• 17. energy electrons to a dose level of 15 x 10tor (RRoentgen units). A square of this irradiated sample was coated by dipping it in a varnish solution comprising a rosin and linseed oilmodified glyceryl-phthalate varnish which was further modified with a resinous composition composed of a reaction product of formaldehyde and p-tertiary butyl phenol. Treatment of the irradiated polyethylene sample was carried out by dipping the entire sample in the varnish (which was at about a 50% solids concentration and contained about 0.1 per cent of a drier, speciffcally lead and cobalt naphthenates) and thereafter baking the sample at about 125"C. for about 1-3/4 hours to cure the varnish. Thereafter, this sample, together with an uncoated sample of similar thickness of the above irradiated polyethylene, was placed in a 150 C. air circulating oven and the weight of the sample noted at various intervals after having first recorded the weight of the sample prior to insertion in the oven. At the end of 50 hours at 150"C., the weight of the uncoated irradiated polyethylene sample began to drop sharply and the sample showed visual signs of degradation as evidenced by surface pitting and melting at the edges. When removed from the oven after 50 hours at 150 C., the sample was losing weight at the rate of 25 per cent of its original weight per 1000 hours at the 150 C. temperature. In contrast to this, the sample coated with the above-mentioned oil-modified, rosin-modified, phenolic-modi- fied glyceryl phthalate resin after 55G0 hours showed no evidence of surface pitting, or melting at the edges, or sagging, and was losing weight at the rate of only 0.5 per cent of the original weight per 1000 hours. Example 2 In this example, copper wire, about 1/4" in diameter was wound with a polyethylene tape 0.005" x 1" (molecular weight about 21,000) which had been irradiated to a dose of 7.5 x 10go. One layer, half-lapped, of this irradiated tape was wound on the conductor. Another taped conductor was pre pared exactly as above, but in addition the taped conductor was dipped in a rosinmodified, linseed oil-modified, glre-r;'- phthalate varnish similar to that employed in Example 1, with the exception that it was not modified with the phenolic resin. This varnish also contained the driers described in Example 1. The coated, insulated conductor was kept at room temperature for about 12 hours to evaporate the solvent, and to effect room-temperature cure of the outer resinous coating. The treated, insulated conductor and the untreated insulated conductor were placed in a IOOGC. aircirculating oven and the condition of the insulation in direct contact with the copper core was noted in each instance. After 72 hours, the insulated conductor which had not been coated on the outside with the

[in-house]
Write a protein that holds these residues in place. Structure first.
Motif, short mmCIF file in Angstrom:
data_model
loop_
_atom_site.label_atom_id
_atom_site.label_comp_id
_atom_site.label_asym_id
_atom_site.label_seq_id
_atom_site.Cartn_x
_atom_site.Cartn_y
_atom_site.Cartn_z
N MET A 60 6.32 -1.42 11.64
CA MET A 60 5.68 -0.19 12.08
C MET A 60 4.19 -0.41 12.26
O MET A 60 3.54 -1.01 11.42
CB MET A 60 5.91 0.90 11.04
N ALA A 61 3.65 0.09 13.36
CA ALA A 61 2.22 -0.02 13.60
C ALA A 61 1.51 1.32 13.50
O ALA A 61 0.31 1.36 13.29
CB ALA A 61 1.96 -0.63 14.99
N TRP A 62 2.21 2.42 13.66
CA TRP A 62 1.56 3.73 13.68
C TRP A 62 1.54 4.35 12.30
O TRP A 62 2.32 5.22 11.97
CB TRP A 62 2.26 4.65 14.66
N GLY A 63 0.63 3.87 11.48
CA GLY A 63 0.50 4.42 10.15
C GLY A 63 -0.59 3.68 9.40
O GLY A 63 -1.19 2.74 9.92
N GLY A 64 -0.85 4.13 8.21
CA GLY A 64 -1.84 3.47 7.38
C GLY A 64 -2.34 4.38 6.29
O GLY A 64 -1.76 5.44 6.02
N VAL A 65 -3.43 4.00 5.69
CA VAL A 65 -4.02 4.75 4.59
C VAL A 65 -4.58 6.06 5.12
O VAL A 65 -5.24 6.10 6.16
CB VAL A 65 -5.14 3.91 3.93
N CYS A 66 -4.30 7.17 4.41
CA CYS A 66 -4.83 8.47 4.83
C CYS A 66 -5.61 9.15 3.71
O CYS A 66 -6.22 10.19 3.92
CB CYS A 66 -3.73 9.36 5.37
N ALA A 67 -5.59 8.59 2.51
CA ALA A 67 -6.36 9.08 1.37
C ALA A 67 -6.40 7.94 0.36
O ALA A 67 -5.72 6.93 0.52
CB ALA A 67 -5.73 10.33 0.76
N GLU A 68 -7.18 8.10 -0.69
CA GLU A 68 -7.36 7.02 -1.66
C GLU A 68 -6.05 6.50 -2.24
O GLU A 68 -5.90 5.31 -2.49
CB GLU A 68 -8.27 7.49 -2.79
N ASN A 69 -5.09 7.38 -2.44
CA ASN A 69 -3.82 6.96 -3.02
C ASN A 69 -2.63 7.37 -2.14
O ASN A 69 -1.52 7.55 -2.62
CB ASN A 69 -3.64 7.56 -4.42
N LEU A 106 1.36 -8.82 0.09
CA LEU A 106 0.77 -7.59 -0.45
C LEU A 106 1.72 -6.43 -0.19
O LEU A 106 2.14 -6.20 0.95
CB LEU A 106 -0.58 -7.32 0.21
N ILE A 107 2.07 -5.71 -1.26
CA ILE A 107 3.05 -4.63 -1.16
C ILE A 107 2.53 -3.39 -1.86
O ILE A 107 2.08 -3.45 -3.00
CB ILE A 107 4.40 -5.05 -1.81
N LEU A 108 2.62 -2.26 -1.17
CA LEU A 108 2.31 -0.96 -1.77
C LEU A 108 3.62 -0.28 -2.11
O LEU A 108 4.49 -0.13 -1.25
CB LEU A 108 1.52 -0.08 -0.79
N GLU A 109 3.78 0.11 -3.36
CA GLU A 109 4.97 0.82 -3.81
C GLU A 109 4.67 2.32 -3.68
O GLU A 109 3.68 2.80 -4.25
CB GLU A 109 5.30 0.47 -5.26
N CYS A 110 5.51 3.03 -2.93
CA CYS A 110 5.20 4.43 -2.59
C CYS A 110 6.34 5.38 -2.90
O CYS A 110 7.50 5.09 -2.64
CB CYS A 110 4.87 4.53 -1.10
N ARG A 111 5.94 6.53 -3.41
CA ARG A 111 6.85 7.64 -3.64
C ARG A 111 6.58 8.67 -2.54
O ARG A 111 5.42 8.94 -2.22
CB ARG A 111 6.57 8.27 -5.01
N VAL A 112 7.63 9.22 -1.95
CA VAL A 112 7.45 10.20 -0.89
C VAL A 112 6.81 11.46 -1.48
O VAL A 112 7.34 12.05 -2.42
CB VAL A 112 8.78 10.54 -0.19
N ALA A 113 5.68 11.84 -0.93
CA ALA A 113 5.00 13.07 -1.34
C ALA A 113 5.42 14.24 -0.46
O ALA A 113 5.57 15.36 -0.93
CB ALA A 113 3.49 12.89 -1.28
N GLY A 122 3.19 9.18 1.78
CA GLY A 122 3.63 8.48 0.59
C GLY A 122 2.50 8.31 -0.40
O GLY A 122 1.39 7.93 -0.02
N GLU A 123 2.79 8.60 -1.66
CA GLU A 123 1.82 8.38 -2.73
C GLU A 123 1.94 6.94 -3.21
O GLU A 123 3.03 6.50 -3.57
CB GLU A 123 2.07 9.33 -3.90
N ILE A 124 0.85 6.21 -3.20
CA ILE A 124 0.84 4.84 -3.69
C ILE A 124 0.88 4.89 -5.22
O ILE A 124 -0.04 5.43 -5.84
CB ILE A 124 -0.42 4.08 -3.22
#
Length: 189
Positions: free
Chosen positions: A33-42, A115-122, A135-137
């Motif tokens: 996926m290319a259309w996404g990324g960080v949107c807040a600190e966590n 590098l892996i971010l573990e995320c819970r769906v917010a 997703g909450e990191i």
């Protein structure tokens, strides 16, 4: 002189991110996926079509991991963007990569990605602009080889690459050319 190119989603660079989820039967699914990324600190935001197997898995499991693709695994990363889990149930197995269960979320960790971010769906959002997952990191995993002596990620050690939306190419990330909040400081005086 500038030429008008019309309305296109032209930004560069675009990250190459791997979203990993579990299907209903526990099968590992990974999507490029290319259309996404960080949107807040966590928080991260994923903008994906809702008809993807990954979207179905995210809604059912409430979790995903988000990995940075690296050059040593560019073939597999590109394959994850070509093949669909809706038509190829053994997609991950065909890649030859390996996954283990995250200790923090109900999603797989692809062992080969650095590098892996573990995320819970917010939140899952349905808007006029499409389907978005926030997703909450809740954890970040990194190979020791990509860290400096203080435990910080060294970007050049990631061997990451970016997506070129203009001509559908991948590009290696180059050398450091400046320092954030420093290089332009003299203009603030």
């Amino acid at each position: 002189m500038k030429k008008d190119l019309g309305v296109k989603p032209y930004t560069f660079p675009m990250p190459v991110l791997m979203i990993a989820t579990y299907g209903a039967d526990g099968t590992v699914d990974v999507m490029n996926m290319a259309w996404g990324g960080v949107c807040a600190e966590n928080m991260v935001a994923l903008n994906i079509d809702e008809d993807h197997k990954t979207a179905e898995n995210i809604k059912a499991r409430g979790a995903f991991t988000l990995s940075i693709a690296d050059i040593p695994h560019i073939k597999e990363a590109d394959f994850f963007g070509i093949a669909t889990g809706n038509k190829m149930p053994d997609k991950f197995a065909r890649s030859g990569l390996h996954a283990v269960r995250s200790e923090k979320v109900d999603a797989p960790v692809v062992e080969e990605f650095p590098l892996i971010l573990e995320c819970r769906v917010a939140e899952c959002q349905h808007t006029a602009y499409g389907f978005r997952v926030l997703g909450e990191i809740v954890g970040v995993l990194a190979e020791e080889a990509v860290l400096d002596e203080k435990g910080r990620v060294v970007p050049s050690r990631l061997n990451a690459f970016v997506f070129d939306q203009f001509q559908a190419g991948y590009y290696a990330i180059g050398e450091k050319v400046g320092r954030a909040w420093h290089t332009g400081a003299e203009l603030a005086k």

• 18. glycerylphthalate resin solution showed "green" spots in the insulation, and the insulation had become weak and cheesy. In addition, the copper surface showed signs of corrosion as evidenced by greenish spots and roughening. In contrast to this, the taped conductor which had been coated with the varnish showed no apparent sign of copper corrosion or discolouration of the polyethylene insulation even after 500 hours at 100 C.; the strength of the insulating tape had not deteriorated to any noticeable extent. Another taped conductor prepared similarly to the above and coated with the same varnish described in the present example was placed in a 150"C. aircirculating oven. At the end of 500 hours, the polyethylene insulation was colourless and its strength appeared to be unchanged despite the drastic conditions to which the insulated conductor had been subjected. Example 3 Polyethylene tape, 1" wide and 0.005 thick was treated with high energy electrons to a dose of 7.5 x 106R. This tape was wound around a 1/4" diameter copper wire to give a total polyethylene thickness of 0.060". Another similarly insulated copper wire was dipped in the glycerylphthalate varnish in Example 2 above, and maintained at room temperature for about 12 hours to effect drying and curing of the outer varnish coating. Thereafter, the coated and uncoated insulated conductors were placed in a 200or. air circulating oven and the effect of this high temperature and air noted at various intervals. The insulated conductor which had not been coated with the varnish darkened badly in less than 48 hours and became almost black. In addition, it showed extreme surface pitting and the insulation had become very weak and "cheesy," and the polyethylene could no longer be cold-drawn. In contrast to this, the sample which was coated with The glyceryl-phthalate varnish, although it had deteriorated somewhat after 500 hours at 200 C., nevertheless, the polyethylene underneath the varnish was still colourless and retained its physical properties as evidenced by the fact that it was tough, flexible and could be readily cold-drawn. By incorporating certain specific types of stabilizers in the polyethylene prior to the latter's irradiation with high energy electrons and by the coating of the irradiated polyethylene with a suitable varnish, still further improvements in resistance to deterioration in air at elevated temperatures are obtained. The following example illustraces this. E,rasnple 4 Polyethylene containing two amounWs asp stabilizer (the stabilizer being N,N'dinaphthyl-p-phenylene diamine) was sheeted and samples of each were subjected to irradiation with high energy electrons to a dose of 15 x 10'R. Thereafter, a sample Oe each